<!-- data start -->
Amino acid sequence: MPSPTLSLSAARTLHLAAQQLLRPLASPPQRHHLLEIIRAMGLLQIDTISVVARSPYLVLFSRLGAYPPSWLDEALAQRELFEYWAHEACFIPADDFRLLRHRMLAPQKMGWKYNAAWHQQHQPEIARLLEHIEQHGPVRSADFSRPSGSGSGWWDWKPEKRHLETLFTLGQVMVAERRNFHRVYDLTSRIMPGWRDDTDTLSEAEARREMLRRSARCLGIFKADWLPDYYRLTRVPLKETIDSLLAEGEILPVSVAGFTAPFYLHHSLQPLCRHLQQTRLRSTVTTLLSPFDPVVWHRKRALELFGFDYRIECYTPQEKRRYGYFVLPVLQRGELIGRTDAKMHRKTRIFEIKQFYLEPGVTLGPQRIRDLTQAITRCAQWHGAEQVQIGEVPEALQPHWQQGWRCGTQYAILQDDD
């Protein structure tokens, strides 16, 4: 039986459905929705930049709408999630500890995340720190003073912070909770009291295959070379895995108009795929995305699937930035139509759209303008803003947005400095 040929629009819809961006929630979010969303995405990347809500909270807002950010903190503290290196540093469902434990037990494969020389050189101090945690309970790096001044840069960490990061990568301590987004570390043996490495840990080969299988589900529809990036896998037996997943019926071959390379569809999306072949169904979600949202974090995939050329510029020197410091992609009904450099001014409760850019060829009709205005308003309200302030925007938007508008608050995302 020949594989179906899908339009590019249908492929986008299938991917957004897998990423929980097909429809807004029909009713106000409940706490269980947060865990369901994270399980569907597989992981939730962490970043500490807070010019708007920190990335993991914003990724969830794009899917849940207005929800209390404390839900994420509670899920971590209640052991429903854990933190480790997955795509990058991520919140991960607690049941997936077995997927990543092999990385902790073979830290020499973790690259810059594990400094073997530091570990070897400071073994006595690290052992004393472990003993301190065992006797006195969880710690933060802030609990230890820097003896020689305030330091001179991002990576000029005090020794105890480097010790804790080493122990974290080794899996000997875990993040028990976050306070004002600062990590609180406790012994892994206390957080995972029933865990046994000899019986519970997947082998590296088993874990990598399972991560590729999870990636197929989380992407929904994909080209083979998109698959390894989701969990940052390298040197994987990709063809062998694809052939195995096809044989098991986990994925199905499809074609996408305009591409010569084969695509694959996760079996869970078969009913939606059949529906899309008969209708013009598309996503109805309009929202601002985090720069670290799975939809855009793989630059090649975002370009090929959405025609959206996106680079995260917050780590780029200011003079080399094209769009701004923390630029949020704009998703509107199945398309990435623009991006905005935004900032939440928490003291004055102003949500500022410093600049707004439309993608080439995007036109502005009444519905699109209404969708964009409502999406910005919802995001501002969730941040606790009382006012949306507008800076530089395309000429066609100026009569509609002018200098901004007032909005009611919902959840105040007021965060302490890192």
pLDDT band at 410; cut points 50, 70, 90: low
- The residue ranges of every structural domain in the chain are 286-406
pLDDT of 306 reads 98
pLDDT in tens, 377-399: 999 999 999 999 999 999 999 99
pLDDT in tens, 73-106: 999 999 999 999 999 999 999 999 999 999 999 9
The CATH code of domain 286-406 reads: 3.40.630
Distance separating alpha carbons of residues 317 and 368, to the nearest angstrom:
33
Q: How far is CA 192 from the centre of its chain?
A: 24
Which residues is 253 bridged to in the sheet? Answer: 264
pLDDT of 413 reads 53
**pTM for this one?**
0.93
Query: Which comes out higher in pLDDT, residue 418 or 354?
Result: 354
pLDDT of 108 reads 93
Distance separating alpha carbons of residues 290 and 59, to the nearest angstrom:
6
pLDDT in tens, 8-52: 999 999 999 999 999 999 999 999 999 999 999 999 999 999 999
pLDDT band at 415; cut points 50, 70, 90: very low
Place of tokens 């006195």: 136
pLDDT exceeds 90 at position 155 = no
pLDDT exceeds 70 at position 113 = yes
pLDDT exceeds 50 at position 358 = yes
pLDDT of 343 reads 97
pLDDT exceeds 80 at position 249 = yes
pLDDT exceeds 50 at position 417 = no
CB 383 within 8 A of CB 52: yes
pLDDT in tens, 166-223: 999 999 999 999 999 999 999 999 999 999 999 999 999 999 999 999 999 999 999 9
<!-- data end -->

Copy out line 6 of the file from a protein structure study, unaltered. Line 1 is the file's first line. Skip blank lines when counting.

pLDDT in tens, 377-399: 999 999 999 999 999 999 999 99